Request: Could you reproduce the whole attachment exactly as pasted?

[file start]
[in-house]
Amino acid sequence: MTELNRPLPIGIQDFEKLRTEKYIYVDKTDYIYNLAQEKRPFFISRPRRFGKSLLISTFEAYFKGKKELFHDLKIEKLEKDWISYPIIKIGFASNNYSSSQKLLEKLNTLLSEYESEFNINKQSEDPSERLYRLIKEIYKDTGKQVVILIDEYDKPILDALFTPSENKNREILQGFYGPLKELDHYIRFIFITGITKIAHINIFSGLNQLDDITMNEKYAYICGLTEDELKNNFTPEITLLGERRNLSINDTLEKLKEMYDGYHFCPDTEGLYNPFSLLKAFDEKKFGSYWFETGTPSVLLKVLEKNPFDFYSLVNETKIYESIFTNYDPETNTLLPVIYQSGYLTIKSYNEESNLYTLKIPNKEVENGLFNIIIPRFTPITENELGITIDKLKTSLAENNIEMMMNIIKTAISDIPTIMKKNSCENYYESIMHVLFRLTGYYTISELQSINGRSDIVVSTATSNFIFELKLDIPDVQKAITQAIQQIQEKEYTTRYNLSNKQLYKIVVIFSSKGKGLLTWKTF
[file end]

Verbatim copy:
[in-house]
Amino acid sequence: MTELNRPLPIGIQDFEKLRTEKYIYVDKTDYIYNLAQEKRPFFISRPRRFGKSLLISTFEAYFKGKKELFHDLKIEKLEKDWISYPIIKIGFASNNYSSSQKLLEKLNTLLSEYESEFNINKQSEDPSERLYRLIKEIYKDTGKQVVILIDEYDKPILDALFTPSENKNREILQGFYGPLKELDHYIRFIFITGITKIAHINIFSGLNQLDDITMNEKYAYICGLTEDELKNNFTPEITLLGERRNLSINDTLEKLKEMYDGYHFCPDTEGLYNPFSLLKAFDEKKFGSYWFETGTPSVLLKVLEKNPFDFYSLVNETKIYESIFTNYDPETNTLLPVIYQSGYLTIKSYNEESNLYTLKIPNKEVENGLFNIIIPRFTPITENELGITIDKLKTSLAENNIEMMMNIIKTAISDIPTIMKKNSCENYYESIMHVLFRLTGYYTISELQSINGRSDIVVSTATSNFIFELKLDIPDVQKAITQAIQQIQEKEYTTRYNLSNKQLYKIVVIFSSKGKGLLTWKTF